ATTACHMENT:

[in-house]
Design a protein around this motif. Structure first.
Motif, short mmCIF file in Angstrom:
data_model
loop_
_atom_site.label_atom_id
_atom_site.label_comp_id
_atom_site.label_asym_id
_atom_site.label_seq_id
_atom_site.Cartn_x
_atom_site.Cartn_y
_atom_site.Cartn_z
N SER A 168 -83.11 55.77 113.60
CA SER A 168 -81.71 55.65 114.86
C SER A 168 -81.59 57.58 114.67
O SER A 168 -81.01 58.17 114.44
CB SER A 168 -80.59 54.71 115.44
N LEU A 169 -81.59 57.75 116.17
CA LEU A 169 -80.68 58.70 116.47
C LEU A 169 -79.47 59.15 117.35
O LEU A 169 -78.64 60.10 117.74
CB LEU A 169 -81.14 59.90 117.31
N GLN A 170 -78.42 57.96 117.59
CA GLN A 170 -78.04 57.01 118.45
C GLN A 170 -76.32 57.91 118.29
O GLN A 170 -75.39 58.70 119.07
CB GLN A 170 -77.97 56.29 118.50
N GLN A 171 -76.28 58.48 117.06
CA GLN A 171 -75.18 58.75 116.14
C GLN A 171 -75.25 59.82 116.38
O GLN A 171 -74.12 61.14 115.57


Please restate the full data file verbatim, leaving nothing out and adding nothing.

[in-house]
Design a protein around this motif. Structure first.
Motif, short mmCIF file in Angstrom:
data_model
loop_
_atom_site.label_atom_id
_atom_site.label_comp_id
_atom_site.label_asym_id
_atom_site.label_seq_id
_atom_site.Cartn_x
_atom_site.Cartn_y
_atom_site.Cartn_z
N SER A 168 -83.11 55.77 113.60
CA SER A 168 -81.71 55.65 114.86
C SER A 168 -81.59 57.58 114.67
O SER A 168 -81.01 58.17 114.44
CB SER A 168 -80.59 54.71 115.44
N LEU A 169 -81.59 57.75 116.17
CA LEU A 169 -80.68 58.70 116.47
C LEU A 169 -79.47 59.15 117.35
O LEU A 169 -78.64 60.10 117.74
CB LEU A 169 -81.14 59.90 117.31
N GLN A 170 -78.42 57.96 117.59
CA GLN A 170 -78.04 57.01 118.45
C GLN A 170 -76.32 57.91 118.29
O GLN A 170 -75.39 58.70 119.07
CB GLN A 170 -77.97 56.29 118.50
N GLN A 171 -76.28 58.48 117.06
CA GLN A 171 -75.18 58.75 116.14
C GLN A 171 -75.25 59.82 116.38
O GLN A 171 -74.12 61.14 115.57